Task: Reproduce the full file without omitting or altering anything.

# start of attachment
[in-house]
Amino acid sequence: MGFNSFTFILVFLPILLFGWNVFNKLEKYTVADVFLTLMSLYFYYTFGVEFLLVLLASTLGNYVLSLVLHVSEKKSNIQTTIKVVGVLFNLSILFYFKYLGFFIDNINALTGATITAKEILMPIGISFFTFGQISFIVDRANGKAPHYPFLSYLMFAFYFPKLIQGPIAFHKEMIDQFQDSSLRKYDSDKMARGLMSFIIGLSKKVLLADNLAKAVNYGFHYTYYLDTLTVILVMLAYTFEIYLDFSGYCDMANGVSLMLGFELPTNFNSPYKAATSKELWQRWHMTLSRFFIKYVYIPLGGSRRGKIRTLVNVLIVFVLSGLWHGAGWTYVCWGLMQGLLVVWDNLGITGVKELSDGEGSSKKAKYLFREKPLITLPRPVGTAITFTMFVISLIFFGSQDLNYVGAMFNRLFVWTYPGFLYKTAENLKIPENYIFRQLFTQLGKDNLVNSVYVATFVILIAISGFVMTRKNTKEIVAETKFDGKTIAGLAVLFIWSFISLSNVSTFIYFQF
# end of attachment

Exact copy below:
[in-house]
Amino acid sequence: MGFNSFTFILVFLPILLFGWNVFNKLEKYTVADVFLTLMSLYFYYTFGVEFLLVLLASTLGNYVLSLVLHVSEKKSNIQTTIKVVGVLFNLSILFYFKYLGFFIDNINALTGATITAKEILMPIGISFFTFGQISFIVDRANGKAPHYPFLSYLMFAFYFPKLIQGPIAFHKEMIDQFQDSSLRKYDSDKMARGLMSFIIGLSKKVLLADNLAKAVNYGFHYTYYLDTLTVILVMLAYTFEIYLDFSGYCDMANGVSLMLGFELPTNFNSPYKAATSKELWQRWHMTLSRFFIKYVYIPLGGSRRGKIRTLVNVLIVFVLSGLWHGAGWTYVCWGLMQGLLVVWDNLGITGVKELSDGEGSSKKAKYLFREKPLITLPRPVGTAITFTMFVISLIFFGSQDLNYVGAMFNRLFVWTYPGFLYKTAENLKIPENYIFRQLFTQLGKDNLVNSVYVATFVILIAISGFVMTRKNTKEIVAETKFDGKTIAGLAVLFIWSFISLSNVSTFIYFQF